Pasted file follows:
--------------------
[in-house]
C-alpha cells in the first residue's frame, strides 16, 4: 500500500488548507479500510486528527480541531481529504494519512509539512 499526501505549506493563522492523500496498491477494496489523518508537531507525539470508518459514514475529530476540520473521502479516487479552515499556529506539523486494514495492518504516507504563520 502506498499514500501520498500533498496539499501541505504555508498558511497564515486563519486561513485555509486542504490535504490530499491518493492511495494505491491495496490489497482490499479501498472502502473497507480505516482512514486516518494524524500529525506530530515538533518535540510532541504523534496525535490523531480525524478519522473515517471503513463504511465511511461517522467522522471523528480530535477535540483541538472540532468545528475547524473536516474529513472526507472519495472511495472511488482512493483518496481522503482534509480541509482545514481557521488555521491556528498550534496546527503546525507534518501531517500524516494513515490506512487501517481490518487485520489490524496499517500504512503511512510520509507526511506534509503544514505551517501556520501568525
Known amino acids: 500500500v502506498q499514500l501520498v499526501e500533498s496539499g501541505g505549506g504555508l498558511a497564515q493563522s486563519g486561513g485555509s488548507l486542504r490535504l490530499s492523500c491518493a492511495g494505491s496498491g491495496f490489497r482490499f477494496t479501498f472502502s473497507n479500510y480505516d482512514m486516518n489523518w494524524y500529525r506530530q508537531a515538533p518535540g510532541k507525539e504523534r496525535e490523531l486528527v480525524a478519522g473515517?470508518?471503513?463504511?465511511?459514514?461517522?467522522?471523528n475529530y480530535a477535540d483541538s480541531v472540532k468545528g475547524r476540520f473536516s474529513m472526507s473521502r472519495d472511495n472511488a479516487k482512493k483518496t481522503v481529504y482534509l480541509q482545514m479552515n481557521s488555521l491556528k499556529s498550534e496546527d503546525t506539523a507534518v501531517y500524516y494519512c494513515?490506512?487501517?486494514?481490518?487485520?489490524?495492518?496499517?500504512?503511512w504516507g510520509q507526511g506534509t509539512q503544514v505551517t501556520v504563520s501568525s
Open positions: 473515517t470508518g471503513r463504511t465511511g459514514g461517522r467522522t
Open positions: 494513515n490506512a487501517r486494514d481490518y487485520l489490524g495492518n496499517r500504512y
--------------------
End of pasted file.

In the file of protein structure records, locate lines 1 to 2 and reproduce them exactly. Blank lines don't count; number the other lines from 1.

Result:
[in-house]
C-alpha cells in the first residue's frame, strides 16, 4: 500500500488548507479500510486528527480541531481529504494519512509539512 499526501505549506493563522492523500496498491477494496489523518508537531507525539470508518459514514475529530476540520473521502479516487479552515499556529506539523486494514495492518504516507504563520 502506498499514500501520498500533498496539499501541505504555508498558511497564515486563519486561513485555509486542504490535504490530499491518493492511495494505491491495496490489497482490499479501498472502502473497507480505516482512514486516518494524524500529525506530530515538533518535540510532541504523534496525535490523531480525524478519522473515517471503513463504511465511511461517522467522522471523528480530535477535540483541538472540532468545528475547524473536516474529513472526507472519495472511495472511488482512493483518496481522503482534509480541509482545514481557521488555521491556528498550534496546527503546525507534518501531517500524516494513515490506512487501517481490518487485520489490524496499517500504512503511512510520509507526511506534509503544514505551517501556520501568525